Our deterministic compartmental model is described by the set of ordinary differential equations shown in Supplementary Methods.
Individuals are born susceptible to infection (S) and then may be infected with a circulating strain of M. tuberculosis. The strain-specific infection rate is proportional to the prevalence of individuals with active disease due to that strain and a strain-specific transmission parameter β (1 – c), where c denotes the fitness ‘cost’ of the particular resistance phenotype of that strain. Thus, for the drug-sensitive strain, c = 0. In this formulation, β is proportional to the probability of a transmission event conditional on contact with an infectious individual and inversely proportional to the population size; thus β has units of persons−1time−1.
A proportion (p) of the infected individuals transitions into a rapidly progressive state (E, EU and EF), while the remaining infected individuals (1 – p) transition to a latent state (L, LU, and LF). Those with latent infections progress to active disease at rate τ1, considerably slower than those in the rapidly progressive state who transition to active disease at rate τ2.
A proportion of those developing active disease (f) is detected and treated (D, DU and DF), while the remaining individuals (1 – f) with active disease remain undetected and untreated (T, TU and TF). Those detected are processed and treated at rate κ. Of those with drug-sensitive disease who are treated, a proportion g are cured while 1 – g fail. Those who fail may develop drug resistance; a proportion of these (aU) acquires the ‘unfit’ MDR strain (YU), while a much smaller proportion (aF) acquires the ‘fit’ MDR strain (YF). Those detected but not yet treated (D, DU and DF) and treatment failures (Y, YU and YF) continue to be infectious.
Individuals with active disease self-cure at rate σ; we assume that those who self-cure transition back into the corresponding latently infected state (L, LU or LF) and thus remain at risk for reactivation. Treatment cures (R, RU and RF) relapse to disease at rate δ. A proportion (f) of these relapses are detected and will be classified as treatment failures (Y, YU and YF) while the remaining relapses (1 – f) remain undetected (T, TU and TF).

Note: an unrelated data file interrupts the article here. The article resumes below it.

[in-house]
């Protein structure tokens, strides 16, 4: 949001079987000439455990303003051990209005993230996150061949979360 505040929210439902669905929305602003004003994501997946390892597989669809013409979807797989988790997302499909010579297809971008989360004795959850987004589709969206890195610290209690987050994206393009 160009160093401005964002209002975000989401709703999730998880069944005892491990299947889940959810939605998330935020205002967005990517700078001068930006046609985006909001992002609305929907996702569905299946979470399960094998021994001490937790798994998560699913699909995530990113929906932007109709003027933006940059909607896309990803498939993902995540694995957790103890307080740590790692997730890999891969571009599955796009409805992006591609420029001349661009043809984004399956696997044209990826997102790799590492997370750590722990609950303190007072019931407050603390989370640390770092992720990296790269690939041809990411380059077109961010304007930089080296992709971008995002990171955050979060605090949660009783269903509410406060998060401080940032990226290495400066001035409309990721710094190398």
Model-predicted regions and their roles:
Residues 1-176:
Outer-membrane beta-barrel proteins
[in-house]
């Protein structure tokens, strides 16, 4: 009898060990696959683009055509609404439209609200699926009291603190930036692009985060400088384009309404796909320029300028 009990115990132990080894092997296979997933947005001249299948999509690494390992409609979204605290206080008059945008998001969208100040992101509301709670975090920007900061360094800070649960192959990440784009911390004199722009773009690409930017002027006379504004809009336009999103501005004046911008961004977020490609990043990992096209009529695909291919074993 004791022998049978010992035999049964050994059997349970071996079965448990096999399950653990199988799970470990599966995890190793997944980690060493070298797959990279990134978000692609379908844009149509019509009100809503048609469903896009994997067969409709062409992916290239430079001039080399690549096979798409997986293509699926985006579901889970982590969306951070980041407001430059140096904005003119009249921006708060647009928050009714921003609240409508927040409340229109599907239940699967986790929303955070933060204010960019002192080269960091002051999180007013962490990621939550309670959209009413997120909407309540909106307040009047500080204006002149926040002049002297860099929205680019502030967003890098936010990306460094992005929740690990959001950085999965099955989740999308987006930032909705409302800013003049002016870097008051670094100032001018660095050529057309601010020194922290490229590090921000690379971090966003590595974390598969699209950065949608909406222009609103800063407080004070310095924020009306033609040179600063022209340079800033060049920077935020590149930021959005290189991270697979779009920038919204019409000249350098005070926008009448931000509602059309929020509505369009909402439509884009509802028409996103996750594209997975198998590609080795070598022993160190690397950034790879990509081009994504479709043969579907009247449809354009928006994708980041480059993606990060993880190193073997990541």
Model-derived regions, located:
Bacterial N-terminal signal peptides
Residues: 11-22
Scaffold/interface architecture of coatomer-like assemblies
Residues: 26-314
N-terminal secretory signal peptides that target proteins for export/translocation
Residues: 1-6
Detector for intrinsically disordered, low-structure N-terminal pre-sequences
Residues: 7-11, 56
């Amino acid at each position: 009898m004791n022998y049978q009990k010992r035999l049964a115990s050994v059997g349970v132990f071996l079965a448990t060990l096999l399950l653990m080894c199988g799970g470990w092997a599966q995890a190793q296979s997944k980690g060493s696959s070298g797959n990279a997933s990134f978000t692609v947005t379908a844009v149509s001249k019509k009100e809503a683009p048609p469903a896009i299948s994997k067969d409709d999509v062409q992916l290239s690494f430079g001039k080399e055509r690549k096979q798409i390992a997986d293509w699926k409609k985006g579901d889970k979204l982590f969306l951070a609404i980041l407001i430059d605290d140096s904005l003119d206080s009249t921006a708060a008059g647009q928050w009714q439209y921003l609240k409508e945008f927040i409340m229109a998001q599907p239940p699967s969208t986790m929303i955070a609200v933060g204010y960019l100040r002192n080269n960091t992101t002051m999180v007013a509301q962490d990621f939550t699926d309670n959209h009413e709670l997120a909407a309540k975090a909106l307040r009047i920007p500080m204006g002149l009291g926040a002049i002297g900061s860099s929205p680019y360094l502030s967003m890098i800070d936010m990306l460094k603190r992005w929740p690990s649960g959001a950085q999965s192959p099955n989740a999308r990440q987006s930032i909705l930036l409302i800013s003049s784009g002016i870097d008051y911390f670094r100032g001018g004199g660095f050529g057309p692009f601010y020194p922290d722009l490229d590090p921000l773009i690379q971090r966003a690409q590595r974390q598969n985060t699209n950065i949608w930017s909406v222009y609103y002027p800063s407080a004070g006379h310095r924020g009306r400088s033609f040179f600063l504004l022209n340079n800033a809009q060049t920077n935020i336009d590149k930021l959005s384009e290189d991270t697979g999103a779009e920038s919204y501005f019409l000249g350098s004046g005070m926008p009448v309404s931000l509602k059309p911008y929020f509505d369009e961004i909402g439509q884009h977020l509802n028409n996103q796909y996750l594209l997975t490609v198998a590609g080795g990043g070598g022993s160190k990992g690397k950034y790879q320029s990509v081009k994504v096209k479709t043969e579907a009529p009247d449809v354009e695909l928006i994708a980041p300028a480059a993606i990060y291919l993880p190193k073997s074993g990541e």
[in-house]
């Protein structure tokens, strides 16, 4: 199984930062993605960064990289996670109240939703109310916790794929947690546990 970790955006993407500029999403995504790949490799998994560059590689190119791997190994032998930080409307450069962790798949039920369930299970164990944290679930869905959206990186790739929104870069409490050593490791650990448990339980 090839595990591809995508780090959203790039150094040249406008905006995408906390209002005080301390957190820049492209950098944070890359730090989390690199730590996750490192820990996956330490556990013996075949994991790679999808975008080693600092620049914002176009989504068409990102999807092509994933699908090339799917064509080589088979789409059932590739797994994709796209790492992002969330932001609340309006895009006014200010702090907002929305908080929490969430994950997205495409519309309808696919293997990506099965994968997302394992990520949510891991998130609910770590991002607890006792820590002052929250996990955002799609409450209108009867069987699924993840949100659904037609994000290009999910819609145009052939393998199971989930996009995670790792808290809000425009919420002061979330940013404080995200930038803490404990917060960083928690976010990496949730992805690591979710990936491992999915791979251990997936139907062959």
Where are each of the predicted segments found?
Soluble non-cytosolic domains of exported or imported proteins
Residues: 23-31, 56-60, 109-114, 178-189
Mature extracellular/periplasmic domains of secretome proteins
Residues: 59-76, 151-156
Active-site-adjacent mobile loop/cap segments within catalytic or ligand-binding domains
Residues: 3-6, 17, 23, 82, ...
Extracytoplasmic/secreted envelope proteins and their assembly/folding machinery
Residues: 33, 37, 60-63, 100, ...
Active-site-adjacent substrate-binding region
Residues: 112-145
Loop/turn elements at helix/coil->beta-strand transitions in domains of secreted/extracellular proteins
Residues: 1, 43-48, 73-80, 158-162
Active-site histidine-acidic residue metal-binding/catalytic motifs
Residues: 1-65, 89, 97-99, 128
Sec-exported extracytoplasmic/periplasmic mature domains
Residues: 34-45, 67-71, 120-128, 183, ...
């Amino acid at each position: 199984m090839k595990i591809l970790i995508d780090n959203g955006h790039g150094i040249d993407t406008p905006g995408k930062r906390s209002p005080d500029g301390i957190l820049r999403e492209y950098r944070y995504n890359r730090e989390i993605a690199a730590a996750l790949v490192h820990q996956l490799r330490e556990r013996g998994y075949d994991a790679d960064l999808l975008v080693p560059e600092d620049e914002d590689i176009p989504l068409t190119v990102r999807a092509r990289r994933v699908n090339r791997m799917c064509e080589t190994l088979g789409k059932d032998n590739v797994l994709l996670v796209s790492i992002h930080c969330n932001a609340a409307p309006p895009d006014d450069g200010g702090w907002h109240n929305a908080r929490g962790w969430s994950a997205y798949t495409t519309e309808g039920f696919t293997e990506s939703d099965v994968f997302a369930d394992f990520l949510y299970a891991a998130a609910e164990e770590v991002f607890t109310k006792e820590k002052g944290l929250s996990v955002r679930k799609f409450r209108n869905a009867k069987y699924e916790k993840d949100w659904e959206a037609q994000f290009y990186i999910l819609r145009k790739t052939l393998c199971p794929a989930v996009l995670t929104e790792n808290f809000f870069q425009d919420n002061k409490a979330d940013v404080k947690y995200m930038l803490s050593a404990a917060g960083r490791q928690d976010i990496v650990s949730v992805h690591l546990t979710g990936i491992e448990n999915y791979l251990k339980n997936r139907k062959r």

Except for those with active disease, all individuals with a history of infection may be reinfected by another circulating strain. Prior infection affords partial immunity m to reinfection with any strain. Previous models demonstrate that exogenous reinfection of individuals plays an important role in tuberculosis epidemics in high-incidence areas10 and epidemiologic studies confirm that reinfection is common in settings where transmission is intense30.
Individuals die at a fixed mortality rate μ; those with active disease will also die at an increased tuberculosis-specific rate ϕ. All deaths are replaced by births into the susceptible state.
The dynamics of the MDR strains differ from the drug-sensitive strain in two ways: the three strains have different transmission parameters and the proportion of MDR cases cured on therapy (gR) is smaller than the proportion of drug-sensitive cases cured (g). We modeled different fitness costs for each of the two MDR strains, but assumed that treatment efficacy is equivalent for both MDR strains. Although the MDR phenotype results from the stepwise accumulation of mutations, we collapsed the parameters describing these sequential mutations into a single step in a manner similar to that of other modelers2,3. This reflects the fact that monoresistant strains can be controlled by the therapeutic regimens used in DOTS and consequently will exhibit the same dynamics as do sensitive strains under this strategy. For our base model, the values for all other parameters that describe the natural progression of disease were identical for each of the three strains. Although our base model assumes that the cost of fitness is entirely captured by reducing the transmissibility of MDR tuberculosis, additional analyses demonstrate that MDR strains also outcompete drug-sensitive strains in projected tuberculosis epidemics when fitness costs are instead exacted from the rates of disease progression (data not shown).
We used the historical data on the epidemiological indices of tuberculosis infection and disease to calibrate the transmission parameter, β (Table 2). Because β is parameterized as persons−1 time−1, our fitted β reflects the choice of population under study. To facilitate comparison with other models, we arbitrarily report the β for a population size of 1 million (Table 1) and modeled the introduction of a single case of drug-susceptible tuberculosis into a hypothetical population of 1 million individuals, allowing tuberculosis infection and disease to equilibrate. We used time steps of 0.1 year and an Euler integration method.
We thank M. Lipsitch, B. Cooper, M. Becerra and M. Smurzynski for critical reviews of a draft of this manuscript.
Note: Supplementary information is available on the Nature Medicine website.
COMPETING INTERESTS STATEMENT The authors declare that they have no competing financial interests.